Which is to say that a church like this that has no external accountability will become unhealthy, supposing itself to be on the right path when it may not entirely be on the right path. A church without internal accountability will go off the rails but internal accountability is not enough, external accountability is needed. This can come in various ways but perhaps the best macro-level example of this is the denominational system, however it may work out. Rather than think in terms of how "dead" denominations are, think about how many centuries have elapsed for those churches to get to this "dead" state. That's a long time. Consider the life and death of a single non-denominational independently led church? If such a church dies in a city and no one is there to note it's passing did it happen? Yeah, but it is unmoored from the very history it may have been founded to preserve. Note, I'm not really arguing that all churches have to be denominationally linked, I'm just noting that for my church background it was easy to rip on denominations for reasons that now seem a bit loopy.

The least credible argument against denominations for me now is the idea that they install people who aren't called. Years ago iMonk posted an article by a pastor who wrote that if you don't wake up in the morning and think to yourself, "Woe is me if I don't preach the Gospel" then you shouldn't be a pastor. I'd say I agree with that and even that may not indicate what KIND of pastor you ought to be.

I'm thinking lately about one of these nondenominational pastor-run churches. If all the pastors are self-nominated and they as a group ordain each other isn't there some risk that they may mess something up as a group? Is there sufficient internal and external accountability in such a setting? I hope so, I really do, but I have doubts because some of the craziest stuff that's happened in American religion happened in these sorts of settings where the nobles, as it were, bowed low to the king of a spiritual empire and that led the king to go off the rails. Perhaps the first rule of spiritual submission to Christ is never believe your own hype. The first person to do that ... well, we Christians know who he is. It's a risk in even the best of settings, which calls for plenty of prayer.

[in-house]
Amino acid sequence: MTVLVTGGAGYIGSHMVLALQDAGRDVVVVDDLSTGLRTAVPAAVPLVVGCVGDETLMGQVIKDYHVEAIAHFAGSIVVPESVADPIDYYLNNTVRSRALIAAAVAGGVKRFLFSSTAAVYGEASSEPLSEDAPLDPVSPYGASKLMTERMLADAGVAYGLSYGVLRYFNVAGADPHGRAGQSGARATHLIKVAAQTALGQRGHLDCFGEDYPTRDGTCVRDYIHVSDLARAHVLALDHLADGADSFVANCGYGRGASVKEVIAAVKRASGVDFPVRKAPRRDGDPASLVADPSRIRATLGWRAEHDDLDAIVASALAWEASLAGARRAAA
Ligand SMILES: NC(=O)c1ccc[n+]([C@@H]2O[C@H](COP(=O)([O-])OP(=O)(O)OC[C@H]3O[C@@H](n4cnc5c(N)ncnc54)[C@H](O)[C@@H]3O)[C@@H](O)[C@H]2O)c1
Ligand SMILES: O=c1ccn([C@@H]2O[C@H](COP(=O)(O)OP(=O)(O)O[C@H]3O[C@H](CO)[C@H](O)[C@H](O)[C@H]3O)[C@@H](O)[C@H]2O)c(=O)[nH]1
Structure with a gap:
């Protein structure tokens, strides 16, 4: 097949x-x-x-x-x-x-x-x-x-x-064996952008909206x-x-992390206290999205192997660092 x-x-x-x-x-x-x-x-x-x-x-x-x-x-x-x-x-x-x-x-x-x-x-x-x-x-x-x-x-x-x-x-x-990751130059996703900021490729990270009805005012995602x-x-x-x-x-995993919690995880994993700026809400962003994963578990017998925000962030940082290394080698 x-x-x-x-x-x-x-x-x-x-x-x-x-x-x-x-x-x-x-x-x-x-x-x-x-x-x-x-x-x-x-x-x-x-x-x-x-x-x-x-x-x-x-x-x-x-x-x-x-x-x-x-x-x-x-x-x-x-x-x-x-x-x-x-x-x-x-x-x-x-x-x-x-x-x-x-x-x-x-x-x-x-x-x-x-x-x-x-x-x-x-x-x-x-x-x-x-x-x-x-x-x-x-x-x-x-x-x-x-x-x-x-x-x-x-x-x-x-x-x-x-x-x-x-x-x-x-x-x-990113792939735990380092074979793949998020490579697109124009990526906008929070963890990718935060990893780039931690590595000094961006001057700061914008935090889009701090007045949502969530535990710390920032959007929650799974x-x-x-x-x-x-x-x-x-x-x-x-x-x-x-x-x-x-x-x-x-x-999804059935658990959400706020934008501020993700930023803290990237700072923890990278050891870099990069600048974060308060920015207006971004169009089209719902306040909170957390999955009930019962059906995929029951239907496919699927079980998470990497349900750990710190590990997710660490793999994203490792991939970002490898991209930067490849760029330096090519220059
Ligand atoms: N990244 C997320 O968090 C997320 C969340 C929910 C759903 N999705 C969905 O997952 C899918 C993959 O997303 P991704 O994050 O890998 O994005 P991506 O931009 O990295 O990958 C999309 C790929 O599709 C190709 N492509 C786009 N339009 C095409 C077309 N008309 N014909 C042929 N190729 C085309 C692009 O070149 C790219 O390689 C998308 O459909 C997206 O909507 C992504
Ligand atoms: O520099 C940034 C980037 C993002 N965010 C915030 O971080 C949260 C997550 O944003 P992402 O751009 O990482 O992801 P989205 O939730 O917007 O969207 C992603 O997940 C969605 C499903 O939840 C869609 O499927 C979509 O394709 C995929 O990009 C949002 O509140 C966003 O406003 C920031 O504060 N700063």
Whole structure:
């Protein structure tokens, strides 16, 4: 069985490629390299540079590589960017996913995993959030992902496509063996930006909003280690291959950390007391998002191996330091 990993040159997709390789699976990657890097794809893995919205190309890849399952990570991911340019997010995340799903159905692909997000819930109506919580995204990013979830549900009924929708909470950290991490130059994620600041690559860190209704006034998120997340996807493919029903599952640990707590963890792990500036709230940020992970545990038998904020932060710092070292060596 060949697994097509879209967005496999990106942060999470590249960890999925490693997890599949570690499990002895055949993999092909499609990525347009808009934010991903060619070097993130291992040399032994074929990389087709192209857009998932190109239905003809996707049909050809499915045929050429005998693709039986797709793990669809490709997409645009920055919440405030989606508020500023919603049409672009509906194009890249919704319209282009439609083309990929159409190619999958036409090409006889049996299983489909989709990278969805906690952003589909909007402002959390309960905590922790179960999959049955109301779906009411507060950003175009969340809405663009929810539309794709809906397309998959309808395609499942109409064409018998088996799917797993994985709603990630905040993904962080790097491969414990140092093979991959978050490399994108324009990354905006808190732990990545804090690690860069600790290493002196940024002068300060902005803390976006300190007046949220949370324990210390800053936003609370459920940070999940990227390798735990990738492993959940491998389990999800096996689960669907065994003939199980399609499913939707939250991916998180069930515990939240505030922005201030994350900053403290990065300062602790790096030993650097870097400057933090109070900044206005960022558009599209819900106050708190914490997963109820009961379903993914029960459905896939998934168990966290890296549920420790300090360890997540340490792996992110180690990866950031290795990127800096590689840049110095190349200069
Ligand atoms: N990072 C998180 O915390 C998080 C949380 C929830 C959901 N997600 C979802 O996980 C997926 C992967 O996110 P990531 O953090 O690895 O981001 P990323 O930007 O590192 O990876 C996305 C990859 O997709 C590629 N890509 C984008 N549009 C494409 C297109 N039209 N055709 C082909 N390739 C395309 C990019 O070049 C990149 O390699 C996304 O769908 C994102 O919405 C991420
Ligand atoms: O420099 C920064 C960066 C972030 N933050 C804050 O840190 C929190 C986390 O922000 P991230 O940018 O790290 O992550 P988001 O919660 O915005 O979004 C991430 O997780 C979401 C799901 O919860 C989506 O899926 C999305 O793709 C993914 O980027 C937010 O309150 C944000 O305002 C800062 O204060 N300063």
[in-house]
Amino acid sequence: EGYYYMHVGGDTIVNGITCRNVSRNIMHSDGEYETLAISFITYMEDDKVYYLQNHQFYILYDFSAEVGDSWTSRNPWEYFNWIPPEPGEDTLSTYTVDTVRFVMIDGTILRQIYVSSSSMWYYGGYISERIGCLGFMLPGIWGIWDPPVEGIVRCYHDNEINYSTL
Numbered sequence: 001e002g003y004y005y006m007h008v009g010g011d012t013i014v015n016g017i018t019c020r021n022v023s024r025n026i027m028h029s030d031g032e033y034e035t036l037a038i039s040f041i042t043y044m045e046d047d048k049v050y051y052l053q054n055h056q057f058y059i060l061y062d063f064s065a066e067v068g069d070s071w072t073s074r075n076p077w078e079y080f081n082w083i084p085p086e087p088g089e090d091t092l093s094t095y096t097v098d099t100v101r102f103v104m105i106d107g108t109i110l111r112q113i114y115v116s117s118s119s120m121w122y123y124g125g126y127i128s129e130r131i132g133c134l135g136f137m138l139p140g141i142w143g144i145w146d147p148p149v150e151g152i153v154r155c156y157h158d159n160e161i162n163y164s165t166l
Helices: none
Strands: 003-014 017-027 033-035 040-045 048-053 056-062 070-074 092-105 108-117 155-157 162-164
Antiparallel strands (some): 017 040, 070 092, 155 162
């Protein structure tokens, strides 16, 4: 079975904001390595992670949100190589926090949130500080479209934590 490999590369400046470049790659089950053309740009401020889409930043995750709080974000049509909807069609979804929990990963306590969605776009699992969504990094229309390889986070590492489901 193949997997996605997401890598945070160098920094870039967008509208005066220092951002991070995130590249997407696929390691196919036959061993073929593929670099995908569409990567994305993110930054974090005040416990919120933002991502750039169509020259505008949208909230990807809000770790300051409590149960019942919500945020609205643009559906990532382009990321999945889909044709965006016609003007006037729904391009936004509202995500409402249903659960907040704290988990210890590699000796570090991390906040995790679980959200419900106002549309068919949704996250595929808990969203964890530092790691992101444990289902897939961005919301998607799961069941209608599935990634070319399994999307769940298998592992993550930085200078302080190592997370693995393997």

If a pastor gets fired from one of these churches where everyone is self-nominated and is installed by people who are self-nominated are there sufficient external checks? Do there need to be any? If that pastor gets fired by a community who have the same sort of self-validated calling the fired pastor has then what becomes the basis for removal? Definite sin? I hope so. Disagreements about the nature of bureaucratic procedure? Not quite so sure about that one. For me the conundrum is that this group of leaders consists of self-appointed leaders who appoint each other. There's a feedback loop of affirmation and agreement. It may have a risk to it is what I'm saying.

Each system has its problems but the more time goes by the less I am persuaded that the alternative to denominations does a better job of keeping out people who decide they are pastors because it would be a cool thing to do. The reason for the "cool thing to do" might be for the acclaim, for being called "pastor" or for not having to work that much during the week and speak for forty minutes or something like that. The reason might even seem to be a great reason. Jesus said let no one call you "Father" or "rabbi" but there's a principle at work that goes beyond that. You can want the acclaim and respect whether or not you have the title. You don't have to actually BE a pastor to have that problem. If you think that just because you're you that you deserve respect and esteem you may have the same spiritual problem without having the formal title that, in worldly terms, would at least warrant the formal signs of respect.

Well, I'm running out of steam. PErhaps I'll ponder this via blog entry later, perhaps not.


Quinault said...

Great article on the call no man father issue.

Wenatchee the Hatchet said...

yep, and it resembles some Catholic responses on the issue, too. Thanks for the link. I may be Protestant but I do think lately that even Protestants must have had a less literal and more nuanced approach to the text.